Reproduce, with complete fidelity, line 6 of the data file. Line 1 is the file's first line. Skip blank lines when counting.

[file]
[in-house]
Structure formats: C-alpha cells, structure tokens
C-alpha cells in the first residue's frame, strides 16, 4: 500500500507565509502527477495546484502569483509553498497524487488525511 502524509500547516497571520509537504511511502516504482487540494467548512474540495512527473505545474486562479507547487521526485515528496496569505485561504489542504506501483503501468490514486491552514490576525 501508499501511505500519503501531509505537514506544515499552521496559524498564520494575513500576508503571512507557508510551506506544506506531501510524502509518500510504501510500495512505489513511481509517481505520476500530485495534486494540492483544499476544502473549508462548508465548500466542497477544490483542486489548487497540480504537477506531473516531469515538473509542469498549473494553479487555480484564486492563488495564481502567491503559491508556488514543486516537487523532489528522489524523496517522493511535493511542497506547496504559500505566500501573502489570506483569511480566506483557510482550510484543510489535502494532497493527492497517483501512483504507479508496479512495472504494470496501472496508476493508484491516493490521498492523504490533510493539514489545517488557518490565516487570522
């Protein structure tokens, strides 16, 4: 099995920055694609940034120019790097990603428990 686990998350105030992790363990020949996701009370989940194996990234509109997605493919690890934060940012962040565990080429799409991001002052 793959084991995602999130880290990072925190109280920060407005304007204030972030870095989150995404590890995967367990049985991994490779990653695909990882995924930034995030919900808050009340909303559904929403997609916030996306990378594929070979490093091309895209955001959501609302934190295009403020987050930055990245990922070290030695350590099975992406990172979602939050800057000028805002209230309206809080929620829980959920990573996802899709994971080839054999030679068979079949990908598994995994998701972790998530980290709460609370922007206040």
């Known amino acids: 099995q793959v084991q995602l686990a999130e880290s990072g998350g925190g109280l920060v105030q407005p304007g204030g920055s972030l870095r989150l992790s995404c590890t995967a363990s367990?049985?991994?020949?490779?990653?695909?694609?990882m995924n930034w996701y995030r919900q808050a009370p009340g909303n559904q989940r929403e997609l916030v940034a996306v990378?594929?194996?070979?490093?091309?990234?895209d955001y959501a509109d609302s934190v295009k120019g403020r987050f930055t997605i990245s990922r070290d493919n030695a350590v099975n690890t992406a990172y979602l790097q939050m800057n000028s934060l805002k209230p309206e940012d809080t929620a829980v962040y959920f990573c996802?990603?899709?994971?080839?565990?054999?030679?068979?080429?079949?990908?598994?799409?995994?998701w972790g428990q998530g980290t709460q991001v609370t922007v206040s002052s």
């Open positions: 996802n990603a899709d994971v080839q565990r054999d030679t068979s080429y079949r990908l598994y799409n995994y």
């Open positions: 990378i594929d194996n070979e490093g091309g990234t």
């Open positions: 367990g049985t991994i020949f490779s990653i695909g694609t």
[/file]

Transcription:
């Open positions: 996802n990603a899709d994971v080839q565990r054999d030679t068979s080429y079949r990908l598994y799409n995994y």